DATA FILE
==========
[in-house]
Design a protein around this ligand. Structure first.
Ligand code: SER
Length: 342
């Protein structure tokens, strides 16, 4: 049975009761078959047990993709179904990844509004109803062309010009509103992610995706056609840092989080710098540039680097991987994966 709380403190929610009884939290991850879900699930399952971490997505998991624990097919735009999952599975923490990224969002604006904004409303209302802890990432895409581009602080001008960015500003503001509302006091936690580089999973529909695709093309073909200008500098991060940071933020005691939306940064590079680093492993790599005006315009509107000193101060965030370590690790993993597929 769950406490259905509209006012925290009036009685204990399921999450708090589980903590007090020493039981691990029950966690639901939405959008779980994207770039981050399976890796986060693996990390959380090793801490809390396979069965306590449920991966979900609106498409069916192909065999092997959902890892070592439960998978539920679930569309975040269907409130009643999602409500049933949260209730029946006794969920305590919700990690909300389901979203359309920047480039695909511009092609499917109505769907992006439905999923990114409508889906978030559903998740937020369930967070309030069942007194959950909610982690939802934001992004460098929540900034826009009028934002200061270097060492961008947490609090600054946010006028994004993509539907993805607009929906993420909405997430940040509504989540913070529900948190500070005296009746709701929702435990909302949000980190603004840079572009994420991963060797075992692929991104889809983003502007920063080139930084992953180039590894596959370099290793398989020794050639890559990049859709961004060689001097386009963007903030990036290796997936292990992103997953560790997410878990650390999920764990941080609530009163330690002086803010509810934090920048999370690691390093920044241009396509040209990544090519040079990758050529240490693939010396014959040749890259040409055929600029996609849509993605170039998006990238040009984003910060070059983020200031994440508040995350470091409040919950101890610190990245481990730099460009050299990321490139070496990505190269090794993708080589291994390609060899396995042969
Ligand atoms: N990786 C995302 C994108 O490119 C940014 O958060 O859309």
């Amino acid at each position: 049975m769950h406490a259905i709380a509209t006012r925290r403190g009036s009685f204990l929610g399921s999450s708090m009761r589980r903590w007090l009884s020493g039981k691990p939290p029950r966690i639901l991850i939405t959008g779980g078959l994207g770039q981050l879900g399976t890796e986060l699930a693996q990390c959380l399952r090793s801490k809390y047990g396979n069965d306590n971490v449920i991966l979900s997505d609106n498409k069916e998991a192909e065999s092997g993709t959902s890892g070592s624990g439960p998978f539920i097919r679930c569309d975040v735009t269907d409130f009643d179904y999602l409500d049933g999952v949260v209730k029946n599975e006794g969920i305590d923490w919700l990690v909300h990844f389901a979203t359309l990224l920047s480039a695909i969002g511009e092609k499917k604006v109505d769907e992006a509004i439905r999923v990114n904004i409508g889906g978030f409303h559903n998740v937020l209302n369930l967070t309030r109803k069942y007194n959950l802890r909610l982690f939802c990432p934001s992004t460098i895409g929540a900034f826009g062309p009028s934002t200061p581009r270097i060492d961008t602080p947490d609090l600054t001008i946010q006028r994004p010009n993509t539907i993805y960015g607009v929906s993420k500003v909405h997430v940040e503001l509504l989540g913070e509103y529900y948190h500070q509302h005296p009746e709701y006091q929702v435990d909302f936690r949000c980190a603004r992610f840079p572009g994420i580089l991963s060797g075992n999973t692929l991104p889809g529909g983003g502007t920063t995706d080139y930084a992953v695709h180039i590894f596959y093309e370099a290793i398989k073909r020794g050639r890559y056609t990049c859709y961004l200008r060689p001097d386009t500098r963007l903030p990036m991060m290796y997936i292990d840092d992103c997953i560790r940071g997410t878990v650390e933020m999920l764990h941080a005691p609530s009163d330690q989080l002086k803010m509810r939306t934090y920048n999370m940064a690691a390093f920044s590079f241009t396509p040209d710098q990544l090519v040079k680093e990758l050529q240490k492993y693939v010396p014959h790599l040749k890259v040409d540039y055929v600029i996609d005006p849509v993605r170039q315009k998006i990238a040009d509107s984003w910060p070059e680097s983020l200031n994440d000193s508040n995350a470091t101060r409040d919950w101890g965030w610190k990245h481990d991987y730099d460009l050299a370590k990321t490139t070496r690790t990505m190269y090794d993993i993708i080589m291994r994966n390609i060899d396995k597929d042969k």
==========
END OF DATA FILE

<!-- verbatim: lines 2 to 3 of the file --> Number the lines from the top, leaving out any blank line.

Design a protein around this ligand. Structure first.
Ligand code: SER